Putting Down Your Phone May Help You Live Longer

By raising levels of the stress-related hormone cortisol, our phone time may also be threatening our long-term health.

Raúl Soria

 

If you’re like many people, you may have decided that you want to spend less time staring at your phone.

It’s a good idea: an increasing body of evidence suggests that the time we spend on our smartphones is interfering with our sleep, self-esteem, relationships, memory, attention spans, creativity, productivity and problem-solving and decision-making skills.

But there is another reason for us to rethink our relationships with our devices. By chronically raising levels of cortisol, the body’s main stress hormone, our phones may be threatening our health and shortening our lives.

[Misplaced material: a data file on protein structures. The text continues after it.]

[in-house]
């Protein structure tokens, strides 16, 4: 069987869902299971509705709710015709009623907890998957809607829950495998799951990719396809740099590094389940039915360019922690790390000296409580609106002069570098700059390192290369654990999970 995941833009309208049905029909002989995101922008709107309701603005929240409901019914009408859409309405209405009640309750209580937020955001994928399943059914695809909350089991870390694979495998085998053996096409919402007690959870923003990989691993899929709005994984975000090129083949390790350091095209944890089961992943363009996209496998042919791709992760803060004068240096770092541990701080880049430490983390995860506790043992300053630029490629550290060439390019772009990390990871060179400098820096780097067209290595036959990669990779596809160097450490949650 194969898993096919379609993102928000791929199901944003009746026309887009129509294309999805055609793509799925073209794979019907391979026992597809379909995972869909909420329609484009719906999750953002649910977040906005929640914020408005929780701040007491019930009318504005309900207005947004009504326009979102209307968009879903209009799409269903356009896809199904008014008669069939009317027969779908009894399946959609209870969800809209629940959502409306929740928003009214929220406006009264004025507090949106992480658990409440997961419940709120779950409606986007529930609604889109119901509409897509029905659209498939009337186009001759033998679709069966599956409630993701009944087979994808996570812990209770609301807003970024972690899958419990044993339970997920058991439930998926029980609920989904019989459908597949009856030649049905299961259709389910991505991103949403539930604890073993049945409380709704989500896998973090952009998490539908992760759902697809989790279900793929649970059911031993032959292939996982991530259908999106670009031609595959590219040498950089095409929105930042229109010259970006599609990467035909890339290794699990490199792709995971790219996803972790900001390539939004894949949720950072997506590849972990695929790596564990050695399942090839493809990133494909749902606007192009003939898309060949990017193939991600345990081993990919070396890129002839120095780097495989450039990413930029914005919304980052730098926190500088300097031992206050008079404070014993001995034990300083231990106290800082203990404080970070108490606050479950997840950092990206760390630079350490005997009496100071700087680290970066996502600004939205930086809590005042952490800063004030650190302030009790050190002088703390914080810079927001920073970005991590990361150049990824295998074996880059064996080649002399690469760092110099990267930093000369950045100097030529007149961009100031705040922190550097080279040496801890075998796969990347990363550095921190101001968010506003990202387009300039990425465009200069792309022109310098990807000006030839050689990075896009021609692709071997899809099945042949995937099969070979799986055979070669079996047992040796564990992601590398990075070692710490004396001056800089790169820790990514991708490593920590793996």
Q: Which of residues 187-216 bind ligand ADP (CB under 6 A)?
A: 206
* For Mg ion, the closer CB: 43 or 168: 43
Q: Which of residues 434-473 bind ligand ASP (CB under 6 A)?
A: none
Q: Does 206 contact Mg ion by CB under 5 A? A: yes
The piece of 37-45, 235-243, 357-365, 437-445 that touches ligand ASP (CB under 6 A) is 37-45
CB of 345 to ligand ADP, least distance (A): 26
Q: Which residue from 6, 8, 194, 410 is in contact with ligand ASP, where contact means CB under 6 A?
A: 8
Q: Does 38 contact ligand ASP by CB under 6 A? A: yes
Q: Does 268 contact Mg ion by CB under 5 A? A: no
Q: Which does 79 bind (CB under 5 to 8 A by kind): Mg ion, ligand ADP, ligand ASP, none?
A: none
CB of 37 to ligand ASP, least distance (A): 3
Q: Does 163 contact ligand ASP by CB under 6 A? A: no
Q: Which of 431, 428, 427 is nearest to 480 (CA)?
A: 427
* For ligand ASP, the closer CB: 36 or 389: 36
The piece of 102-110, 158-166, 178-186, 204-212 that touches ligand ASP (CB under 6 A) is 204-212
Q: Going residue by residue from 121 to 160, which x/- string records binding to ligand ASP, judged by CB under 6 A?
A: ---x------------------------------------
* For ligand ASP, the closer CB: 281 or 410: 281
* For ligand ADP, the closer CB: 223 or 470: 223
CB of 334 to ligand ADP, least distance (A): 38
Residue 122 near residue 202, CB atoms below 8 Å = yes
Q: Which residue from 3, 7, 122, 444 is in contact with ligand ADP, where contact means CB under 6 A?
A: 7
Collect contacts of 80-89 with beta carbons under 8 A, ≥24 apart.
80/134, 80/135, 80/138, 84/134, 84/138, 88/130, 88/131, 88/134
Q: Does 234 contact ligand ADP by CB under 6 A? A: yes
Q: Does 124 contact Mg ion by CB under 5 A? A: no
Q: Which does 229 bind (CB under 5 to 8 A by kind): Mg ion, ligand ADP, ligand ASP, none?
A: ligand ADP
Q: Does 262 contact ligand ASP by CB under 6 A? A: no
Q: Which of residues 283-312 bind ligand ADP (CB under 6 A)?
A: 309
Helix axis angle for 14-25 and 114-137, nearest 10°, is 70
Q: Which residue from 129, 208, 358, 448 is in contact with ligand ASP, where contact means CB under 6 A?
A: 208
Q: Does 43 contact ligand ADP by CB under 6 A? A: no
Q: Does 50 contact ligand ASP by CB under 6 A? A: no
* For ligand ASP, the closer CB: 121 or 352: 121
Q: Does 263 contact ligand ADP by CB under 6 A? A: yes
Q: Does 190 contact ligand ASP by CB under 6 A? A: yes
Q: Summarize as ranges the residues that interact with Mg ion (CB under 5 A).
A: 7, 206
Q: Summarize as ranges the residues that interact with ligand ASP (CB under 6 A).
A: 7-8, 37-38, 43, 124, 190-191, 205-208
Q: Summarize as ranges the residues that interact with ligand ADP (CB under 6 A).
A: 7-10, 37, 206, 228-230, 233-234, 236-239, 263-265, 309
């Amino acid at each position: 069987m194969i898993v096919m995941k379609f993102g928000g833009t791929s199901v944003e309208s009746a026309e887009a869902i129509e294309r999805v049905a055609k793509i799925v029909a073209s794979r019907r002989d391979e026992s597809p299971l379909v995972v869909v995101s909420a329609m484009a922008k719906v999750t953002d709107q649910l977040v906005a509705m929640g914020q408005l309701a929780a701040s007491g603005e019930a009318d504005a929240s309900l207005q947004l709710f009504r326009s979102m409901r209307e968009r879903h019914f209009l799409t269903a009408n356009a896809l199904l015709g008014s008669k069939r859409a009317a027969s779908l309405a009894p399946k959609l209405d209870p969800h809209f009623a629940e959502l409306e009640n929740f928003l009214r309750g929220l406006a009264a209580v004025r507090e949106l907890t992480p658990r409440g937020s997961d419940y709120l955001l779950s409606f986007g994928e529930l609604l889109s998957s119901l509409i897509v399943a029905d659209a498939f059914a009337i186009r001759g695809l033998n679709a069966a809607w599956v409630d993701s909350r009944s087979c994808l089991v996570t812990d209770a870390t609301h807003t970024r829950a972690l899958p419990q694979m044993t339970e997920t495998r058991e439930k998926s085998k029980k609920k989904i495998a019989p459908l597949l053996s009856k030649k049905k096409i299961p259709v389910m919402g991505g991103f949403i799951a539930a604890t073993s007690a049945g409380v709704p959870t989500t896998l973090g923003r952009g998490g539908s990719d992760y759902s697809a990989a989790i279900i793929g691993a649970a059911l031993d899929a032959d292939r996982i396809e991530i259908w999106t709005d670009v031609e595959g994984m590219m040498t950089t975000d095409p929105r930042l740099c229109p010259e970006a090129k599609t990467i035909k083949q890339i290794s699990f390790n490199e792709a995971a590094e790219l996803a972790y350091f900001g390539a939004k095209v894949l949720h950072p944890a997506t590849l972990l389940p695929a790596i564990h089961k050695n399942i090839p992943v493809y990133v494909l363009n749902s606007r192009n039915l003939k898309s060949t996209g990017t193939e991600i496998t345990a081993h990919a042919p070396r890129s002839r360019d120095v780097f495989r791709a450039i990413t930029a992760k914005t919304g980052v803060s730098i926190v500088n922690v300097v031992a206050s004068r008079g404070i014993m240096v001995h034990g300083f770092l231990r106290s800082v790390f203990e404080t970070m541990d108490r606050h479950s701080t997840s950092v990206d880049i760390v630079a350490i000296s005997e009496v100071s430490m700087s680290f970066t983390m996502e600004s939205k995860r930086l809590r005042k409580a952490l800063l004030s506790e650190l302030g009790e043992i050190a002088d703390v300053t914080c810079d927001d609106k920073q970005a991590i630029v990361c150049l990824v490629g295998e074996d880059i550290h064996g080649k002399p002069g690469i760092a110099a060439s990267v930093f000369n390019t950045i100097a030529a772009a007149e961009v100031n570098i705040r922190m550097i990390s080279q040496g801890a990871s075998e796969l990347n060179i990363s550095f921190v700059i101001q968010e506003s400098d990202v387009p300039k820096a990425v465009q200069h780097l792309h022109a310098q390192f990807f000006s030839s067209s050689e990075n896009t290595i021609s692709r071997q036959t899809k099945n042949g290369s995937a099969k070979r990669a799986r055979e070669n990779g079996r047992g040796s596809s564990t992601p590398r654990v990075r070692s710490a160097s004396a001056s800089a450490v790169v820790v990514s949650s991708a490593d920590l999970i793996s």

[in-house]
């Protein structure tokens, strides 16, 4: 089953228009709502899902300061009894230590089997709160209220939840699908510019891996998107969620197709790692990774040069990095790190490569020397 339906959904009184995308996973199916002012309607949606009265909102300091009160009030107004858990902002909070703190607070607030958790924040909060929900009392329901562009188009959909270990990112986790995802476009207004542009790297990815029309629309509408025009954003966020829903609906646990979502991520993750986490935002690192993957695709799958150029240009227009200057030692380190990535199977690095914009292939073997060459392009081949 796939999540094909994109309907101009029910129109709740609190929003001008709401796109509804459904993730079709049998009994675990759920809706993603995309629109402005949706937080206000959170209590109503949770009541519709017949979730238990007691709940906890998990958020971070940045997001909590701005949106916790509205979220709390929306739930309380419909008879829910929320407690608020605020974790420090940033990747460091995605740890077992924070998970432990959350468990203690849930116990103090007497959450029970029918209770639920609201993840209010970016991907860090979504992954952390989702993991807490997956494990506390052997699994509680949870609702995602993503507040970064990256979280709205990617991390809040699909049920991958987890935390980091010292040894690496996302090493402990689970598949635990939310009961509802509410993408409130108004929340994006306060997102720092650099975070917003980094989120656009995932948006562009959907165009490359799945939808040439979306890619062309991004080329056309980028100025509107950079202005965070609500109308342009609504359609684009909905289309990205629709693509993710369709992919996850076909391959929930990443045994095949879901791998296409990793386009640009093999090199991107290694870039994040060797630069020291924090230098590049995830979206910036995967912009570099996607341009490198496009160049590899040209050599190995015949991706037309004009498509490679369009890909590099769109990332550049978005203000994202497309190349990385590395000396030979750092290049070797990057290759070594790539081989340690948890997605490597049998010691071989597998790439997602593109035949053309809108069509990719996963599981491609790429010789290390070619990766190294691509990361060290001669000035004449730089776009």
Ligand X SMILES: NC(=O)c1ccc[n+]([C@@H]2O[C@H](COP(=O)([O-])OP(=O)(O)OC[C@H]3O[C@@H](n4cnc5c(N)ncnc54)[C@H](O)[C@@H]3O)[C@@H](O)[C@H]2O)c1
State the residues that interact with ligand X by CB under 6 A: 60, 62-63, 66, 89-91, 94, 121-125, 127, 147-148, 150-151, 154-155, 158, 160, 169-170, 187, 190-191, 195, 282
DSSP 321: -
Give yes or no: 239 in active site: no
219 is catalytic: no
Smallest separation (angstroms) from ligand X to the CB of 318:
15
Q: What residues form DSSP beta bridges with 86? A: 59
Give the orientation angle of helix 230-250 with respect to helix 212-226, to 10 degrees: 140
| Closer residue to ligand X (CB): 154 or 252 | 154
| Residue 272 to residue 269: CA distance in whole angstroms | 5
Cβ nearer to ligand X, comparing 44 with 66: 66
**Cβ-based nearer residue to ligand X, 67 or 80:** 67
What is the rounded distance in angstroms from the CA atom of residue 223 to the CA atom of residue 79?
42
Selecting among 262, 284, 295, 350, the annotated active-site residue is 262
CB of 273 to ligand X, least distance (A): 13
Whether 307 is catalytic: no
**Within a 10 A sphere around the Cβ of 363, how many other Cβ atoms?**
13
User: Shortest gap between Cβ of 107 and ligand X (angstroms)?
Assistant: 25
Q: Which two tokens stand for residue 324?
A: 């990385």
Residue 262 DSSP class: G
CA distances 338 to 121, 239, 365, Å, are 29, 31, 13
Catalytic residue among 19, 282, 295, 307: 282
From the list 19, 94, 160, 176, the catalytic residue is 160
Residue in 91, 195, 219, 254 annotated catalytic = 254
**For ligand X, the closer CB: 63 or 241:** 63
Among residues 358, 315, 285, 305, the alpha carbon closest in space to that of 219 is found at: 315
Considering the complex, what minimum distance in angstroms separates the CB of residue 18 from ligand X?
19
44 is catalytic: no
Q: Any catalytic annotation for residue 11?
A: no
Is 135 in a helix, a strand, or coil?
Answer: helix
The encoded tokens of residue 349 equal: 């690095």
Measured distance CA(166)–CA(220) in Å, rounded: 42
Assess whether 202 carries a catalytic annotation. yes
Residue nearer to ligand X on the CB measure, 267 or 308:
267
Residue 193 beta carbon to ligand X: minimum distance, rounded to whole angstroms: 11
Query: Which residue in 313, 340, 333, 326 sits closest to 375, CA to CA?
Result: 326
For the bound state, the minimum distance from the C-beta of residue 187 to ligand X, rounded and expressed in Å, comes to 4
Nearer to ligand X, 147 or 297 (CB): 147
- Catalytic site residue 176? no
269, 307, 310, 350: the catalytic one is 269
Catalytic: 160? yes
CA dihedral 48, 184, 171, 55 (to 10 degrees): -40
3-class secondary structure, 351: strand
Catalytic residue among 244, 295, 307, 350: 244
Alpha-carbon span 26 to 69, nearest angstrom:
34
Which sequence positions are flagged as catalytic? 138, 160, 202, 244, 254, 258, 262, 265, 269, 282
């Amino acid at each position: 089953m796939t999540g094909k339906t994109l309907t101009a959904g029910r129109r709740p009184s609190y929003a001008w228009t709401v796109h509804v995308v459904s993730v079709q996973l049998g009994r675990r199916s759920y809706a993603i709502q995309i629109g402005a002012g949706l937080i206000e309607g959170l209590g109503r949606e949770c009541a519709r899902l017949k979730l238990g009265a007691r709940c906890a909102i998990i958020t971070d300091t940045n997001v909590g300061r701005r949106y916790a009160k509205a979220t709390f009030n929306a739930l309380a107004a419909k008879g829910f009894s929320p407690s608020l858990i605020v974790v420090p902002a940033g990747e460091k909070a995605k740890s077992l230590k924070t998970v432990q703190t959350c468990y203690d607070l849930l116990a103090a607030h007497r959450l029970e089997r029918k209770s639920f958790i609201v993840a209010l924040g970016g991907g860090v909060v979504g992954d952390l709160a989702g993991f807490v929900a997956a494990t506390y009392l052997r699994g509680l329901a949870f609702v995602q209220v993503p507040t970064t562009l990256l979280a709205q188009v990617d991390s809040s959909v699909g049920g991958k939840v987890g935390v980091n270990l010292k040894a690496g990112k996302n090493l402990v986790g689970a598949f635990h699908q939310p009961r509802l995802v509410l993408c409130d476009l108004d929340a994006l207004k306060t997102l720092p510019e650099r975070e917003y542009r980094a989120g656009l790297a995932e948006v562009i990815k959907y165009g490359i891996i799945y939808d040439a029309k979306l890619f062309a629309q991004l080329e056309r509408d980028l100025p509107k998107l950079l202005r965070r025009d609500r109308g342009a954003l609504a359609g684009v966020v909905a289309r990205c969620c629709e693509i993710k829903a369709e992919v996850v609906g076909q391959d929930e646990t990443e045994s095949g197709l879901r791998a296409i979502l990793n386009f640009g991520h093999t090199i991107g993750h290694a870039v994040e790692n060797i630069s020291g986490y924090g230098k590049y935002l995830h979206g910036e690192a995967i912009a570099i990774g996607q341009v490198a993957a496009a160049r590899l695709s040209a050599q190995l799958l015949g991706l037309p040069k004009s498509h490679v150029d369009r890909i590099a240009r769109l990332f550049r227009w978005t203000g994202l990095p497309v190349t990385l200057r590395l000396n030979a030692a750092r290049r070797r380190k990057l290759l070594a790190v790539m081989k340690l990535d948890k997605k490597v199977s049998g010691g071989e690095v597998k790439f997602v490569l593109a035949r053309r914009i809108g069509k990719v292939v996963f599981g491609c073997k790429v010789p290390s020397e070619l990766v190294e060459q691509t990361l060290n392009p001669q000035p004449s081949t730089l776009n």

Until now, most discussions of phones’ biochemical effects have focused on dopamine, a brain chemical that helps us form habits — and addictions. Like slot machines, smartphones and apps are explicitly designed to trigger dopamine’s release, with the goal of making our devices difficult to put down.

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